At the meeting of the Rotary Club of Burney and Fall River at Geppetto’s Pizza on Thursday, March 31, Valerie Lakey spoke about her four-day Advanced Public Information Officer Training at the Center for Domestic Preparedness in Anniston, Georgia.
Ms. Lakey is the Marketing Director for the Mayers Memorial Hospital District. She also serves as Mayers Director of Pubic Information. Ms. Lakey attended the training as part of a group of 40 public information officers in California, most of whom represented health care facilities.
The Center for Domestic Preparedness is the only U.S. federal facility chartered to provide comprehensive preparedness training programs to the nation’s emergency response providers. It is a part of the Federal Emergency Management Agency (FEMA), which in turn is an agency of the United States Department of Homeland Security. The Center for Domestic Preparedness is located on the grounds of former Fort McClellan.
Ms. Lakey said that the four-day training was “intense.” She did not just attend classes. She also acted as part of a Joint Information Center (JIC) for a fictitious state of Columbia as it underwent a series of catastrophes such as tornadoes, a train wreck with a toxic spill, and a car accident in which the governor of Columbia and his family were all killed. Their JIC had to define roles, build working relationships, gather information, determine what groups needed to be informed, and hold mock news conferences to deliver accurate and succinct reports.
The training schedule, including meals, breaks, sleep, etc., was defined by the crises as though these were real events.
The purpose of the training was to teach participants to communicate effectively in a crisis. A public information officer needs to be able to get the right information to the right people at the right time.
A public information officer also needs to be able to connect with the people they are communicating with. That includes the public, staff, the media, and family members that are affected by a disaster.
In order to connect one must also learn to “think with one’s heart.” Vague assurances such as “Our thoughts and prayers are with you” may not be effective.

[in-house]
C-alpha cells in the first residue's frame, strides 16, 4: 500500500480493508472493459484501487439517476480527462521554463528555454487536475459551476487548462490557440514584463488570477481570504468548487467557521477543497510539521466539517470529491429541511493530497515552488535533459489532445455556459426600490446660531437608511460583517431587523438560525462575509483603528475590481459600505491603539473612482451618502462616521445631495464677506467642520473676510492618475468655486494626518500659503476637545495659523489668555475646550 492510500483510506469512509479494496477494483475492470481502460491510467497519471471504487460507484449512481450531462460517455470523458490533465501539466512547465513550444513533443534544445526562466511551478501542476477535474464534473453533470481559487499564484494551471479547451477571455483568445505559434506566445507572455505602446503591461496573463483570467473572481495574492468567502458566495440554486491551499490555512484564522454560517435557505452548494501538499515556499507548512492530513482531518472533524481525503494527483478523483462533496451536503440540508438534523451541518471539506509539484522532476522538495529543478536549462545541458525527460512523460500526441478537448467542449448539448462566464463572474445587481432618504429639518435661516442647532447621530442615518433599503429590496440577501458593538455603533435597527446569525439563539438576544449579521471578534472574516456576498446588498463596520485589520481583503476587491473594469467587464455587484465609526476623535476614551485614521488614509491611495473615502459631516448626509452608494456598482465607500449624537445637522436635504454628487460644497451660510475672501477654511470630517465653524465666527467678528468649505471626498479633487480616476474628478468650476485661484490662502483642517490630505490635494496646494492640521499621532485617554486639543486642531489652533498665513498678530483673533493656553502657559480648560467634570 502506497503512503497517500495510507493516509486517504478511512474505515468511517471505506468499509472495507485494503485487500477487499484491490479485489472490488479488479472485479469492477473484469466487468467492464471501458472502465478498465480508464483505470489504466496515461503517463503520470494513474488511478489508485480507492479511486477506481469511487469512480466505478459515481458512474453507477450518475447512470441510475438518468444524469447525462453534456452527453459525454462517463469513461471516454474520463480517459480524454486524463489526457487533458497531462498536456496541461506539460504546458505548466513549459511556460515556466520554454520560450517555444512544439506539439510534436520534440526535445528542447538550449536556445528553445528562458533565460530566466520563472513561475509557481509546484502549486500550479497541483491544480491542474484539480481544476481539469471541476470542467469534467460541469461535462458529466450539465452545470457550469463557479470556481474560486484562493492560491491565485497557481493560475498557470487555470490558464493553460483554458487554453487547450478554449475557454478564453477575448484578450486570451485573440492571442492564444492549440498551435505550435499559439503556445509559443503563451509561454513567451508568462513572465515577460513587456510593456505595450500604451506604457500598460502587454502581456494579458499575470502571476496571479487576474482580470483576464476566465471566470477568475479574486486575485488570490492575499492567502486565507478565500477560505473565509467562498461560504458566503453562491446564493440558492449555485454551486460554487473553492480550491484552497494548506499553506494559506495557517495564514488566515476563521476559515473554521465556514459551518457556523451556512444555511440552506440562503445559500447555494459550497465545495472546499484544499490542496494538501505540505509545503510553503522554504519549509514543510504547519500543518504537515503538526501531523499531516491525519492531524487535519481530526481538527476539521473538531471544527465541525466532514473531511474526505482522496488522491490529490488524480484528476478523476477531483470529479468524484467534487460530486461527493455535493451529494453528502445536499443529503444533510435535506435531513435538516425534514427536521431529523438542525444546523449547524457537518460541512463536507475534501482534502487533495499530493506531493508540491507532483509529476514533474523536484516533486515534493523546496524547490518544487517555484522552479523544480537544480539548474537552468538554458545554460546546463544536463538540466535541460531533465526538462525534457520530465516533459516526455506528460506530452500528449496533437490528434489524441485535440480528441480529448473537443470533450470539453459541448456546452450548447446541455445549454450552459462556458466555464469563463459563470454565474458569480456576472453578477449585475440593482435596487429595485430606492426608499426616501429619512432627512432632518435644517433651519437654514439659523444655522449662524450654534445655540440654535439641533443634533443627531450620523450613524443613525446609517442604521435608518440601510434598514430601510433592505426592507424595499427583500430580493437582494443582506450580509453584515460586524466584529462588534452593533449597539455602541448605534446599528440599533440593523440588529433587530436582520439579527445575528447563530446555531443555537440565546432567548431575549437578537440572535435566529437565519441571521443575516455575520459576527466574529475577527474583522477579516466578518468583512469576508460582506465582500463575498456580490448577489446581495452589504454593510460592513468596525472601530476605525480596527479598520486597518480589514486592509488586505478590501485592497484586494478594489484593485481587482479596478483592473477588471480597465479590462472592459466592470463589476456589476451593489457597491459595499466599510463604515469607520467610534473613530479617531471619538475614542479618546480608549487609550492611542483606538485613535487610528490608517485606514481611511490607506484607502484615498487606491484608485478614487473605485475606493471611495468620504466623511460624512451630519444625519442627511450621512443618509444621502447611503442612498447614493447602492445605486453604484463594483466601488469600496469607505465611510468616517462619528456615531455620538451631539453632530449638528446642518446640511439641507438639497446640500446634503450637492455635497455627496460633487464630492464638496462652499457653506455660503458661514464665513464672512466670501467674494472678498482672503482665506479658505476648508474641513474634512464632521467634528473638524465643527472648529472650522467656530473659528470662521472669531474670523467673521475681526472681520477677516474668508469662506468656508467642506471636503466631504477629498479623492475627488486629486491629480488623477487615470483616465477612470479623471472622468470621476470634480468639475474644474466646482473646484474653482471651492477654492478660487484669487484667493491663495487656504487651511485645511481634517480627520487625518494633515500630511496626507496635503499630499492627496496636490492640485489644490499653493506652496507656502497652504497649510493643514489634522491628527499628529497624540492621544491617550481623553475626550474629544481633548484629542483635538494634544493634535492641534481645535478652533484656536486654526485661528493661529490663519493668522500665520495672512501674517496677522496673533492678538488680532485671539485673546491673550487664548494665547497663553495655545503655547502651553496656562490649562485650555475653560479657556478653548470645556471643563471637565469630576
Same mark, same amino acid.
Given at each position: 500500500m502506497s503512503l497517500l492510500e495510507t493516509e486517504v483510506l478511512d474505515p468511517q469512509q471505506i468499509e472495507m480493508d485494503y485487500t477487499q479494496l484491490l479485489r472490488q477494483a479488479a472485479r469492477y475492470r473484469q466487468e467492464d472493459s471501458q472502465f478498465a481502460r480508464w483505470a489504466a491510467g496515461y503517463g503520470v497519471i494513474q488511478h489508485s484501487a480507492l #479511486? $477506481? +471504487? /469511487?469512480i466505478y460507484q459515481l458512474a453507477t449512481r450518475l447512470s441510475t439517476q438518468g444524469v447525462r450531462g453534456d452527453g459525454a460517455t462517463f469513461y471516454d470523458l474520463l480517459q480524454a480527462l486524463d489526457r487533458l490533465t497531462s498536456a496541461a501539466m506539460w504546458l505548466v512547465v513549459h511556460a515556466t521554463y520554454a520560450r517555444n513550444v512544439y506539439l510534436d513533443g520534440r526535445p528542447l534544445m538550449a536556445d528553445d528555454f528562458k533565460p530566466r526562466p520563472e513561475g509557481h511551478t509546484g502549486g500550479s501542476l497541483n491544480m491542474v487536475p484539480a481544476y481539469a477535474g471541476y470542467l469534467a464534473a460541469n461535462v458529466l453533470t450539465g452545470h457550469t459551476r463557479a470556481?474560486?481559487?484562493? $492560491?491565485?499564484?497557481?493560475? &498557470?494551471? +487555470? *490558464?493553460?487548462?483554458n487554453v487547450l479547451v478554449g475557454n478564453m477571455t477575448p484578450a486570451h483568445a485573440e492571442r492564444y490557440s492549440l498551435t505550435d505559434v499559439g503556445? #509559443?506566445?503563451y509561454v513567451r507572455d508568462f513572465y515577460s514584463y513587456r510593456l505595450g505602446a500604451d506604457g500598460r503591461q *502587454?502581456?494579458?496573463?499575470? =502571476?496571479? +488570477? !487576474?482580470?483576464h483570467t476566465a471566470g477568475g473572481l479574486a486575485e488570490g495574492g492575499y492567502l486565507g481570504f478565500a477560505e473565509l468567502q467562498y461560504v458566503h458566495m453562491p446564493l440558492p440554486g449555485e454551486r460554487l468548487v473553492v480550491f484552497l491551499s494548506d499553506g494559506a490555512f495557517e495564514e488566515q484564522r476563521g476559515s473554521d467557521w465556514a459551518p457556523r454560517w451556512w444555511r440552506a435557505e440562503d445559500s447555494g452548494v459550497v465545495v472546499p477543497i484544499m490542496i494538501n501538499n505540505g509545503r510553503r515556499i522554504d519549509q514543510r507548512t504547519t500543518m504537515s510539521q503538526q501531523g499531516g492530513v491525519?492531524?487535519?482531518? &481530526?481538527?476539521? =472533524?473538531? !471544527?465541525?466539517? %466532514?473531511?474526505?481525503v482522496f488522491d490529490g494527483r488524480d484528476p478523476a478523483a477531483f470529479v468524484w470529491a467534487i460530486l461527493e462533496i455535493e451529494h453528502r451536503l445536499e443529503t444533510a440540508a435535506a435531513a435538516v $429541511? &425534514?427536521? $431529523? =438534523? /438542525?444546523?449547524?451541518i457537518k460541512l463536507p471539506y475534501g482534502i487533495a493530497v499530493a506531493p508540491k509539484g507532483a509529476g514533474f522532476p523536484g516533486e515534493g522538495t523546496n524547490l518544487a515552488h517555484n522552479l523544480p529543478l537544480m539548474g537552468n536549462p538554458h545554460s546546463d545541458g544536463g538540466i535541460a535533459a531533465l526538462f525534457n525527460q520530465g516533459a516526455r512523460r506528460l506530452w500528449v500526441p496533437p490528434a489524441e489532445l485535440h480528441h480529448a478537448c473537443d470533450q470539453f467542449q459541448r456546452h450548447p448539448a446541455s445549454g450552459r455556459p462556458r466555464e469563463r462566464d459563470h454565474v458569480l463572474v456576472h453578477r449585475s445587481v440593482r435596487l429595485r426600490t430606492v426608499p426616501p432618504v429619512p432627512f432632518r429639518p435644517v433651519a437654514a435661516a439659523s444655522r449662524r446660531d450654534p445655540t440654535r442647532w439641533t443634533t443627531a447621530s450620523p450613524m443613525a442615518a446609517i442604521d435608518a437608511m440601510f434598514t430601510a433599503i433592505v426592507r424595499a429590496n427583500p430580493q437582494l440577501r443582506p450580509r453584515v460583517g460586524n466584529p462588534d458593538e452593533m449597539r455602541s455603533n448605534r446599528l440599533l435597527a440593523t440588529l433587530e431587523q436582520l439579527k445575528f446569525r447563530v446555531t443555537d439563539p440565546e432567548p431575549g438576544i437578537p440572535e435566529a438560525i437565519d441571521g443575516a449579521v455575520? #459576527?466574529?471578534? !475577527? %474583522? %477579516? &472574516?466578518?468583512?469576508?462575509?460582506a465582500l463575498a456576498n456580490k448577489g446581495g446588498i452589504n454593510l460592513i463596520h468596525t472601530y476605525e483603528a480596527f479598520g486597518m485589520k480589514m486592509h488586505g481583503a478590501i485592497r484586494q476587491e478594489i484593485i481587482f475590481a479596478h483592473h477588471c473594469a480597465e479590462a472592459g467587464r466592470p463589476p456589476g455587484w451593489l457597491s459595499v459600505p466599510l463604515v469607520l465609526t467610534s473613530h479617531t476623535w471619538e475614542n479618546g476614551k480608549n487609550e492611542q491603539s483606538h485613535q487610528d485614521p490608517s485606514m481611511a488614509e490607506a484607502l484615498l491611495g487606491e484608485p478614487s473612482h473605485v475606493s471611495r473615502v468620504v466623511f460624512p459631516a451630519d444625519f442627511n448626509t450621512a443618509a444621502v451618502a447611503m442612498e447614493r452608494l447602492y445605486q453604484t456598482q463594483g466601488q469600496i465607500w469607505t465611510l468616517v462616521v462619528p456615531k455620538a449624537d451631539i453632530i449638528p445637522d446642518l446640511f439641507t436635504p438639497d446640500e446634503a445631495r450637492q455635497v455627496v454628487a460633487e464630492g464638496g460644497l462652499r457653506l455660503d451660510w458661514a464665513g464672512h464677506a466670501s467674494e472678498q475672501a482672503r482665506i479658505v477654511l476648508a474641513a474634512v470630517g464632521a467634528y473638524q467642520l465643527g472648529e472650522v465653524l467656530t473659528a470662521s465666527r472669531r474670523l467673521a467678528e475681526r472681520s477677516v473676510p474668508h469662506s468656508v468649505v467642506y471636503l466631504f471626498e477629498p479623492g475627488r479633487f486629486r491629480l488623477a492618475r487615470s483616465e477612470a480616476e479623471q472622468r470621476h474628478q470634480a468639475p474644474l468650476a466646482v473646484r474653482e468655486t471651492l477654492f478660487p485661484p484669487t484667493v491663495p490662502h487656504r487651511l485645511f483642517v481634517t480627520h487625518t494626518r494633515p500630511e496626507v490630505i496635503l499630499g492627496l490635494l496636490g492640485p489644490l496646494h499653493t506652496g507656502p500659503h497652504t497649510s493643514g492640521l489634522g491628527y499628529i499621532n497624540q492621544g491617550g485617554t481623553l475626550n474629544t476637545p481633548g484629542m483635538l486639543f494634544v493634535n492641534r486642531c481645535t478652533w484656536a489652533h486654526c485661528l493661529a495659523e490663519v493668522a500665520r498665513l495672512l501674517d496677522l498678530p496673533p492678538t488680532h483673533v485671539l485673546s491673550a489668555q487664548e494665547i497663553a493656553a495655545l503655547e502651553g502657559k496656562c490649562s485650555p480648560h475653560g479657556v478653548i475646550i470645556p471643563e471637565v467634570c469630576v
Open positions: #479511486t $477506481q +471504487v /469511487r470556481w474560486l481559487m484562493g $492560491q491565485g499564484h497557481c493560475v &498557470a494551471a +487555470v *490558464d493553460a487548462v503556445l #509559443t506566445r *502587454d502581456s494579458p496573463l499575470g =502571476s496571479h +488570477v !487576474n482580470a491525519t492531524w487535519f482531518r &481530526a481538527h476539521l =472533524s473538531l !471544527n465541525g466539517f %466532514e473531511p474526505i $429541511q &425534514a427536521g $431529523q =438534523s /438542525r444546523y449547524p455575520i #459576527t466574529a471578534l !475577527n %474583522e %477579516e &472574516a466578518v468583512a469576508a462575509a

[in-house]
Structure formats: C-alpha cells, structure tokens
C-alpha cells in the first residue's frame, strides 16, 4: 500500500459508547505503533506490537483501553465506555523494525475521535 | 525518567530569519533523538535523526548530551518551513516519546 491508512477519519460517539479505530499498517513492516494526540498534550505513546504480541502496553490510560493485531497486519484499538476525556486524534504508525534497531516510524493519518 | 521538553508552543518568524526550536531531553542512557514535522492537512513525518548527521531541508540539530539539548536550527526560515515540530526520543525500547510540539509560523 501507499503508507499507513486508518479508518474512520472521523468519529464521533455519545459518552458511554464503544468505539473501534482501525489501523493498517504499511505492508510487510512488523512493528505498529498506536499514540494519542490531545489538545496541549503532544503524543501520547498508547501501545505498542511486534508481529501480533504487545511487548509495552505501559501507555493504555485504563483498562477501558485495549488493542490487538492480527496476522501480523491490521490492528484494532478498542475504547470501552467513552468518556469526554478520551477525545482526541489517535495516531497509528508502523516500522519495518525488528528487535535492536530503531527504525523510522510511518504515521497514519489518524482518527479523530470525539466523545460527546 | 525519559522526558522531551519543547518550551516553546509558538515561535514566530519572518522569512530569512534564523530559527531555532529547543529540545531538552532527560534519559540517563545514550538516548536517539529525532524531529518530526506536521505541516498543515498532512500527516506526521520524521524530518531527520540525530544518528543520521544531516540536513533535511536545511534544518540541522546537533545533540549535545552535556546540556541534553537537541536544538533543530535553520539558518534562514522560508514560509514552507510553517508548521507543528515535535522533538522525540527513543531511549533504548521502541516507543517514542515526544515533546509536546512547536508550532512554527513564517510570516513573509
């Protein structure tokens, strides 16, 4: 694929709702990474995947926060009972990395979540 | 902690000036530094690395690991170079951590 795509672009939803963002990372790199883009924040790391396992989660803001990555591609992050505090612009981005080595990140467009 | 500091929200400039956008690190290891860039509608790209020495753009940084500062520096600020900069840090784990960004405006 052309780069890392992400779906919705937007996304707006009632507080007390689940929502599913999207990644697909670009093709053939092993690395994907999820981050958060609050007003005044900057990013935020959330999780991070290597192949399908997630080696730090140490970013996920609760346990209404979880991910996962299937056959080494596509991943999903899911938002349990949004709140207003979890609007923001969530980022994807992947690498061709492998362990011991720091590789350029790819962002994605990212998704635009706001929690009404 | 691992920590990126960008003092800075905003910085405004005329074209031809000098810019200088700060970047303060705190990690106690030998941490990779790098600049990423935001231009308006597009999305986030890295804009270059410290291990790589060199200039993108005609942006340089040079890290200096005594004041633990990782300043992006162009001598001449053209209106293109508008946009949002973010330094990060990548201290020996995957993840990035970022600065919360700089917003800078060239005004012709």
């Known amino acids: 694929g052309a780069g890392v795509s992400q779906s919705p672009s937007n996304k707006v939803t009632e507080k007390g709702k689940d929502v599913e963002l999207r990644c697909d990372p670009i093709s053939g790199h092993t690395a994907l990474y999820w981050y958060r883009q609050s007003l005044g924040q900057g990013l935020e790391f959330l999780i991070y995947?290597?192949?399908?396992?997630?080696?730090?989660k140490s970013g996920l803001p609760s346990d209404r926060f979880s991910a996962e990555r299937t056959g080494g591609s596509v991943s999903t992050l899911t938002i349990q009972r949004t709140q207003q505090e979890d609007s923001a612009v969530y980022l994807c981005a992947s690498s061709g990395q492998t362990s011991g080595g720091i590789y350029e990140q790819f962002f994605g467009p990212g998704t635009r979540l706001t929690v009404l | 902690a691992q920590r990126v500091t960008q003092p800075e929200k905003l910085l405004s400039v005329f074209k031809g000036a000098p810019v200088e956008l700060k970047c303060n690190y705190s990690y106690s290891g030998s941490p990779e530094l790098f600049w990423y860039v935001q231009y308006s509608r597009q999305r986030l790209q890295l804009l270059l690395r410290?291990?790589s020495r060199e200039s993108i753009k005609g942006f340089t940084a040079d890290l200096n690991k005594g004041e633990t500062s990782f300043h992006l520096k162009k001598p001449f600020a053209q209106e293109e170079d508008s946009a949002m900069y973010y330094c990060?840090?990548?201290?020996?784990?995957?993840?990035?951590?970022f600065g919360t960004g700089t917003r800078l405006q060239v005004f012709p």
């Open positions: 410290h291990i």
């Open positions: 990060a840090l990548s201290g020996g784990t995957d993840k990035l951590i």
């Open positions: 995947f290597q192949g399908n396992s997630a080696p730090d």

In assessing the information being gathered, ask yourself, “What breaks your heart?” That is the point where you will connect empathetically with others.
Then a PIO needs to be able to determine what information is needed by each group. They need to clarify their message so that it can be communicated most effectively. Her instructors counseled them to
Don’t cause confusion by conveying unclear, speculative, or inaccurate information. Be accurate and truthful. Don’t get caught up in talking just for the sake of talking.
Ms. Lakey also said that one of the most valuable parts of her experience was getting to know the other participants from around the state and forming a network that can share ideas, information and experience.
She plans to continue her training until she is qualified to become a trainer herself in this area.
After her talk, Rotary Club members asked several questions including how the Rotary can help. Andrew Urlie shared his experience trying to get information when the Bald, Day, and Eiler fires were occurring locally. Each fire had a separate information unit and it was difficult to get precise information locally.
This is the reason that a Joint Information Center is helpful. Fire departments, law enforcement, government agencies, and local organizations such as Mayers Memorial Hospital have public information officers. The formation of a JIC with representatives from all parties would act as a central point to clarify, coordinate, and communicate accurately in case of an emergency.